What season is it anyway?
It’s not a complaint, but a mere observation that designers are increasingly paving their own path to what they think will result in more business for them, writes Sujata Reddy.fashion and trends Updated: Sep 21, 2009 10:24 IST
It’s not a complaint, but a mere observation that designers are increasingly paving their own path to what they think will result in more business for them.
Shyamal and Bhumika’s collection on Day One at the Lakme Fashion Week Spring Summer '10, for instance was not even remotely Spring/Summer, with velvet as the dominant factor.
Some male models sashayed in velvet dupattas teamed with velvet churidars and kurtas. An all-velvet ensemble. Some argue that a designer is permitted creative liberties and that Shyamal’s show was a simple diversion, while a few say that it is the need of the hour.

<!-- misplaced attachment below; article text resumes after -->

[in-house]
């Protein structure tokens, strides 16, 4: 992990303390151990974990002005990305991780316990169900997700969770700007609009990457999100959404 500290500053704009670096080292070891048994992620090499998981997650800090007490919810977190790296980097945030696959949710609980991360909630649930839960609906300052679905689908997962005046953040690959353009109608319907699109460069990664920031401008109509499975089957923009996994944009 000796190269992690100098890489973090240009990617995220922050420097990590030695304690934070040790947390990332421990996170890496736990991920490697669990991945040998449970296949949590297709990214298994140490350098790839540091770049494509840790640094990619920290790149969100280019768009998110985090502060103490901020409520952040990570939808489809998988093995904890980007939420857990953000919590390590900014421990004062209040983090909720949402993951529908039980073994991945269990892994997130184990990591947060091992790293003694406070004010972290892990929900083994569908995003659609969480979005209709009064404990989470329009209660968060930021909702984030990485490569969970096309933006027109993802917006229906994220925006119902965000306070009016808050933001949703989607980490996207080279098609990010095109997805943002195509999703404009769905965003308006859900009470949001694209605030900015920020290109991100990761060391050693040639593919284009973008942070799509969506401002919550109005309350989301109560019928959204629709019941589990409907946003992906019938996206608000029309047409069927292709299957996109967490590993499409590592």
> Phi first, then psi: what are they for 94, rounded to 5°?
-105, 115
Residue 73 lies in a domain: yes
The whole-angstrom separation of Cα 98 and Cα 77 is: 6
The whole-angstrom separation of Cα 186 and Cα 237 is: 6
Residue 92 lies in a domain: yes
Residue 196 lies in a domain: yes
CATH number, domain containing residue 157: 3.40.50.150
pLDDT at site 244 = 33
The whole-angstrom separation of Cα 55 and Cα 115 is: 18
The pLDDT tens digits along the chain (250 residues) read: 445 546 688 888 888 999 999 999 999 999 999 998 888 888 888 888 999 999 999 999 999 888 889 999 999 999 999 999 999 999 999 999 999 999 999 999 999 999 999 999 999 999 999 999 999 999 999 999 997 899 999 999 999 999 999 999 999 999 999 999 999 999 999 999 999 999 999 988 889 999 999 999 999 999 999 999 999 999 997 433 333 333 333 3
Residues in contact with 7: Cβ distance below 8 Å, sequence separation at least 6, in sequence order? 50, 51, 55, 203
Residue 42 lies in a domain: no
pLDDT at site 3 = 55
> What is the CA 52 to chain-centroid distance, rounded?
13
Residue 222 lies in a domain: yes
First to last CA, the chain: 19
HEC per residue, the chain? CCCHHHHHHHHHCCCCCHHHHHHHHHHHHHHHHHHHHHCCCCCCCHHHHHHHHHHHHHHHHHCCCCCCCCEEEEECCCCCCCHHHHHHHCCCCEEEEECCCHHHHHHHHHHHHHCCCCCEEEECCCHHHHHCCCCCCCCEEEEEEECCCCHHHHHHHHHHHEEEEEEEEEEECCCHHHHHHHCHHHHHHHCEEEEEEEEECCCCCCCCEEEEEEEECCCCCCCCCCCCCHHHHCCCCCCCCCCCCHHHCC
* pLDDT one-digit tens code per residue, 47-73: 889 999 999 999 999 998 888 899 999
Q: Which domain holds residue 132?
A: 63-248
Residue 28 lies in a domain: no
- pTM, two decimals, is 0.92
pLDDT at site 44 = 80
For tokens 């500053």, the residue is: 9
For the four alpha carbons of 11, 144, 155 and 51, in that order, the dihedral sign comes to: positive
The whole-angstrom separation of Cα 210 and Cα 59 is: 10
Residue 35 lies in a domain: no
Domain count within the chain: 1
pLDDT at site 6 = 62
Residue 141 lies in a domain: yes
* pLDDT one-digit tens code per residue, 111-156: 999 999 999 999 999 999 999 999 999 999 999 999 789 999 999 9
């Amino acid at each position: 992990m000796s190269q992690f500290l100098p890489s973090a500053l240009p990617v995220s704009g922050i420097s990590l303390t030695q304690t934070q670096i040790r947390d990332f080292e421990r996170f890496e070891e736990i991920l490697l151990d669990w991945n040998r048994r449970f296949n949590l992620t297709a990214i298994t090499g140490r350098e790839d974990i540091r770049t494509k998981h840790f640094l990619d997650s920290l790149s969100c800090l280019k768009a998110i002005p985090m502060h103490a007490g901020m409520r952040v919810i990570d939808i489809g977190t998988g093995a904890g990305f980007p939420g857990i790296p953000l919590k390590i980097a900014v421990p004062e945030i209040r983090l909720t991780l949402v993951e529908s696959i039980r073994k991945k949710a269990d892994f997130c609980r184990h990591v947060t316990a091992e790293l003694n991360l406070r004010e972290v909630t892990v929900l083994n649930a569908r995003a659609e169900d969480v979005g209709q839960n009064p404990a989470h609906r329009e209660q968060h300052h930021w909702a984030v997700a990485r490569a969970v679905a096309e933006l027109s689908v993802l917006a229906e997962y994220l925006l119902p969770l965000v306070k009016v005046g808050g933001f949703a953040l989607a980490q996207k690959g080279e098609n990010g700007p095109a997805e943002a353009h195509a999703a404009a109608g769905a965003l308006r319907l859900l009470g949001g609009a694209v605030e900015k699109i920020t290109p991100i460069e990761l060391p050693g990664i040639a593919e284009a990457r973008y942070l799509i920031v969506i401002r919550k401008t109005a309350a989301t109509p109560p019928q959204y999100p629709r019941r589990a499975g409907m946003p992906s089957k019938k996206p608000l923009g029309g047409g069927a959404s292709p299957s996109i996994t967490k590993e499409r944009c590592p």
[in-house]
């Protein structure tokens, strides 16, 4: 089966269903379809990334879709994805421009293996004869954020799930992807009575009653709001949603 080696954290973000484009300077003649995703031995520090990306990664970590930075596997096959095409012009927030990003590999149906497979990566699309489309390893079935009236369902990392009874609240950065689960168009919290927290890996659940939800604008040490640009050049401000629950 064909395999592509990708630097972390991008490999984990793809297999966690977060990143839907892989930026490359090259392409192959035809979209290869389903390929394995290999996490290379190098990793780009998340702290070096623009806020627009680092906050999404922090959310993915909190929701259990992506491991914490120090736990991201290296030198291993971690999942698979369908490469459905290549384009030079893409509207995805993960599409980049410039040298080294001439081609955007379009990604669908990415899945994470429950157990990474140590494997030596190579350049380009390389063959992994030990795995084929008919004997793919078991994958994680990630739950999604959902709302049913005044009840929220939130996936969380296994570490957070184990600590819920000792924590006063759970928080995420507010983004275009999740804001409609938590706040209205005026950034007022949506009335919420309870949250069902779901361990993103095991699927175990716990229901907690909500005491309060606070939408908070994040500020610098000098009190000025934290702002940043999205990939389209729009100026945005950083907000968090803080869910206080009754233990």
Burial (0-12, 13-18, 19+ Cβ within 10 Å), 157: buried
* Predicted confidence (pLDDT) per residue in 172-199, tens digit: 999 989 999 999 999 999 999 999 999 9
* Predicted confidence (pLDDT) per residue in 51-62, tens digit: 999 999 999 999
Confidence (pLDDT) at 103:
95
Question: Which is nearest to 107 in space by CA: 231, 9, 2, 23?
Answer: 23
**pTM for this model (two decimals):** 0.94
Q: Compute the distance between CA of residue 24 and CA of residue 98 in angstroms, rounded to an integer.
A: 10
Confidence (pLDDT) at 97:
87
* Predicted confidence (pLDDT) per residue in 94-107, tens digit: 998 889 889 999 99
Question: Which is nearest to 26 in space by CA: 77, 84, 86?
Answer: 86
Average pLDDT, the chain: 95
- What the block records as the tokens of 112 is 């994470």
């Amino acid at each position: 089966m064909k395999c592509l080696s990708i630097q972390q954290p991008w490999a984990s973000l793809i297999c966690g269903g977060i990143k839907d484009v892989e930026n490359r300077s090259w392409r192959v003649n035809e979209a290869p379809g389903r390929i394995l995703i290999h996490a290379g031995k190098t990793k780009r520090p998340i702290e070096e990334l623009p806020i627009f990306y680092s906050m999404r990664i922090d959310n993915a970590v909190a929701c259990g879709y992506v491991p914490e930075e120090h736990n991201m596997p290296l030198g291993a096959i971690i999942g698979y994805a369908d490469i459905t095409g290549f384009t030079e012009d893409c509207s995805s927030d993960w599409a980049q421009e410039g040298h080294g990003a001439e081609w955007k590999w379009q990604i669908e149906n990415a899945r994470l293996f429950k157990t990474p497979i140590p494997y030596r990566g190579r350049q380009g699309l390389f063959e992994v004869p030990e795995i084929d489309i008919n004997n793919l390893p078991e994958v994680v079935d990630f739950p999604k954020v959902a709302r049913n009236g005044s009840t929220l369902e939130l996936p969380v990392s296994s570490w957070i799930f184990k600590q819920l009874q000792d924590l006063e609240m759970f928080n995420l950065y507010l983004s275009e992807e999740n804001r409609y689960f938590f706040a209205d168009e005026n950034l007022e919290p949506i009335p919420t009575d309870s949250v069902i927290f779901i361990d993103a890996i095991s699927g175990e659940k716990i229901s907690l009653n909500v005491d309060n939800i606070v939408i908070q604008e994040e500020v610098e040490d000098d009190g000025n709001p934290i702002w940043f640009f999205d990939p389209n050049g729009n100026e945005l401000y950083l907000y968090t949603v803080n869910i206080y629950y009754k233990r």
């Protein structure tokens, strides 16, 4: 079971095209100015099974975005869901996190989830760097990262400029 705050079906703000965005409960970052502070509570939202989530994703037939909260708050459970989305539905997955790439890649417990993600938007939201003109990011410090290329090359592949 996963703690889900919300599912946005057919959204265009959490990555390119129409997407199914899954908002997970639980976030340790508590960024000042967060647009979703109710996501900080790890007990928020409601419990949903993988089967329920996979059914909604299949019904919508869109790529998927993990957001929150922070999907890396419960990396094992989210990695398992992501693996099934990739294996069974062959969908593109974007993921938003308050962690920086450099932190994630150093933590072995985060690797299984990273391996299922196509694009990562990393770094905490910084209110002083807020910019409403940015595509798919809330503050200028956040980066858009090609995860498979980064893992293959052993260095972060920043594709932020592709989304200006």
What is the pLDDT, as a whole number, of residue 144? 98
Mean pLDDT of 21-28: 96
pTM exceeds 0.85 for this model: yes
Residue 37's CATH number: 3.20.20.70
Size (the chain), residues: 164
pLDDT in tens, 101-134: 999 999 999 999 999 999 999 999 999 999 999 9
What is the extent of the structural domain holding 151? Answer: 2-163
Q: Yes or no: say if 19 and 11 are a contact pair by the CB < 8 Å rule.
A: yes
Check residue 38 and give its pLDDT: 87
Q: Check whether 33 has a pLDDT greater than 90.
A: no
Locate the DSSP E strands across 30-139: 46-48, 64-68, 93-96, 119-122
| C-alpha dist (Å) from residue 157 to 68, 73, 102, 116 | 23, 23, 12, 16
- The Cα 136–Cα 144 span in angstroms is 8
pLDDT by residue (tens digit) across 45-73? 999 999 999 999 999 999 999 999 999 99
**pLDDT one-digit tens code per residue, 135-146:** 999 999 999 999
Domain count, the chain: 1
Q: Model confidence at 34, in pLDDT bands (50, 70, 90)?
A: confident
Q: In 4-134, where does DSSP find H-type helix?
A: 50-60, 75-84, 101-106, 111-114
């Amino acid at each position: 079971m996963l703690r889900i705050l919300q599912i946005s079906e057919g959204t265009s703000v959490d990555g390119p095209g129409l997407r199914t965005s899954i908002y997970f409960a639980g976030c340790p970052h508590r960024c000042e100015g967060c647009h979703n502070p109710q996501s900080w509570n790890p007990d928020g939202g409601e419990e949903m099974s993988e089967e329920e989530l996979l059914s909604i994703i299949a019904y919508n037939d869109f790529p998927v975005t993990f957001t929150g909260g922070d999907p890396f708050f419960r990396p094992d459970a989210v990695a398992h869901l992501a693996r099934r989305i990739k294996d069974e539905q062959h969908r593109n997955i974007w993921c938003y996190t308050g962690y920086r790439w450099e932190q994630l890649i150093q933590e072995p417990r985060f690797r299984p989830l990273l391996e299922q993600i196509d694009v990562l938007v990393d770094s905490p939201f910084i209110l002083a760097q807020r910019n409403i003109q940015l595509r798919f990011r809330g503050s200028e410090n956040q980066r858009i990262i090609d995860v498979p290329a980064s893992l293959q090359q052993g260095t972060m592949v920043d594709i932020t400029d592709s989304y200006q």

Hemant Sagar of designer duo Lecoanet says he’s going to display an Autumn/Winter line at his show today. “I don’t want to waste my time in forecasting trends but would rather create for the upcoming season,” he explains.
“I think Shyamal did the right thing because the festive season is just around the corner and buyers would prefer to stock for the moment than just place orders for Spring-Summer, which is six months away,” he states. The Autumn/Winter line that Hemant will put up was conceptualised a year ago and is already available in retail stores. “Now it’s time to retail it in a big way,” adds Hemant admitting that he feels like a fashion fighter. “I’m going to urge the board to rethink its strategy of designing for a prospective season,” he says.
However, one retailer, on the condition of anonymity, said that not sticking to the season and doing your own number on the ramp is absolutely disgusting. “The designer should adhere to the theme and take creative liberties by showing garments for the present season in his or her stall,” she offers as a solution.